London: A Pilgrimage

Jerrold, Blanchard


The West End.

The West End.




The non-workers, viz., those who are able, choose, or are compelled to live without labor, are a minority; but they are powerful by their culture and their wealth. The rich and high-born, so often miscalled the idle, whose province it is to lead in society, to fill , and give a brilliant aspect to the Ladies' Mile, are a distinct, exclusive, cultivated, and winning class. Princes and princesses of fashion; the observed of all observers at Court and Drawing-Roons, and the favorite leader of the cotillon; the peerless beauty and the most engaging of men at a , a , or a picnic; the deadliest match-maker, with the financial predicament of every suitor at her fingers' ends, and man of the club--the whole fun, in short, of Vanity Fair, troops and sidles, rides

and drives, smiles and dances, in a circle that may be said to have for its centre. It has broadened westward and northward since Theodore Hook said that London was bounded on the north by , on the south by , on the east by the , and on the west by .[*]  Some centuries ago Hook's London was suffering the process which has been carried on in our own time in Tyburnia and Westbournia, Belgravia and South Kensington. Like

the great Orion,

we see the sun of fashion still

sloping slowly to the West.

Hook's London is identified with Lords Burlington, Berkeley, and Clarendon, as is with the Earl of St. Albans. The traditions of the Stuarts lie thick about and . The liveliest stories of the Court thenceforth are grouped hereabouts. The club gossip of generations; the scandals of the great; the lives of the wits and beaux and beauties; the impertinences of Brummel and the mots of Sheridan; the gambling--bouts of the last generation in , and the learned evenings of the peaceful ; the histories of Almack's and the disasters brought about at Crockford's are for history, on which Cunningham and Timbs, and Wheatley in our own day, have loved to dwell, and of which the cultivated Londoner never tires. He is happy in the midst of all these associations; and, while lounging under Macaulay's window, or by the , or under White's, or through , feels himself to be in the best of all good ghostly company. Can he ever tire of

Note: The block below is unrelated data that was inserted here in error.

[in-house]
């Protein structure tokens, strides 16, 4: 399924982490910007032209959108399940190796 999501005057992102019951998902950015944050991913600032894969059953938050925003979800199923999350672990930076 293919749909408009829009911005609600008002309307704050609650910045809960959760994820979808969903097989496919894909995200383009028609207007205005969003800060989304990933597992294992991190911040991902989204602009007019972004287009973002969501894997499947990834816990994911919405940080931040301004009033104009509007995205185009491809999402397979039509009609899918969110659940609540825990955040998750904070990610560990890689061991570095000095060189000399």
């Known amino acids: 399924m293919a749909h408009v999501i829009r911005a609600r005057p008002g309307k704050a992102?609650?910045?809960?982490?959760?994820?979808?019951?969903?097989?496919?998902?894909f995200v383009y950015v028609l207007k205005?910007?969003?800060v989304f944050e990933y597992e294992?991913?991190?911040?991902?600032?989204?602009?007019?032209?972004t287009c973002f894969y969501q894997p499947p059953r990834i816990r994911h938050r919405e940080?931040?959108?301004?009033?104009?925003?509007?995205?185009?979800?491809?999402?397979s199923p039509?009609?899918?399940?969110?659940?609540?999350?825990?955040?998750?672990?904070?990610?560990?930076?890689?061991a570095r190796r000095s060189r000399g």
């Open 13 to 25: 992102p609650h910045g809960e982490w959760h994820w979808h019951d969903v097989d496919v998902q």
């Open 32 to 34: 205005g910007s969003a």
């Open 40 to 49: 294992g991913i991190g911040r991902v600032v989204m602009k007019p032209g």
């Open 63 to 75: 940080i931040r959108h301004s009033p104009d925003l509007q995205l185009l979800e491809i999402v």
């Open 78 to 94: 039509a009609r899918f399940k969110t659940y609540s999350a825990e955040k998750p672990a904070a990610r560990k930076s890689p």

— now narrowed to the street that stretches from to Corner-or of any of that part of London which dates from the Restoration? Here are to be studied all classes of London characters, from the fashionable man about town to the West End dog-fancier. A libertine of the Restoration period wrote:

Farewell, my dearest Piccadilly, Notorious for good dinners;

Oh! what a Tennis-Court was there! Alas! too good for sinners.

For dinners has lost its prestige completely since Francatelli left the hotel by ; and the tennis-court ceased to exist in , , years ago; but the whole length of this splendid avenue that leads to the Ladies' Mile is peopled with entertaining memories. The Earl of Burlington, Sir William Petty (whose site is now occupied by

Lincoln and Bennett), the author of


Lord Holland, George Selwyn, the Earl of Sunderland, Lord Melbourne, and the Duke of York--original proprietor of the palace now called the ! In the quiet avenue of the memories of the illustrious dead crowd upon you, while you are arrested at every turn by curious specimens of the living--as our old London friend the fly- paper vendor, for instance. Lord Byron wrote his


here, in Lord Althorp's chambers; George Canning lived in A, and Lord Macaulay in E, Tom Duncombe in F, Lord Valentia the traveller in H, Monk Lewis in K. Watier's Club (celebrated for fops and fine dinners, and Brummel's vagaries) at the corner of ; Sir Francis Burdett barricaded against the Sergeant-at-Arms in ; Madame d'Arblay's lodgings over Barrett's Brush Warehouse; Cambridge House, where Lord Palmerston's brilliant assemblies blocked the way weekly; the houses of Sir Thomas Lawrence and Sir William Hamilton; Mr. Hope's costly mansion, now the Junior Atheneum Club; , where the Elgin marbles were exhibited; the old Duke of Queensberry's-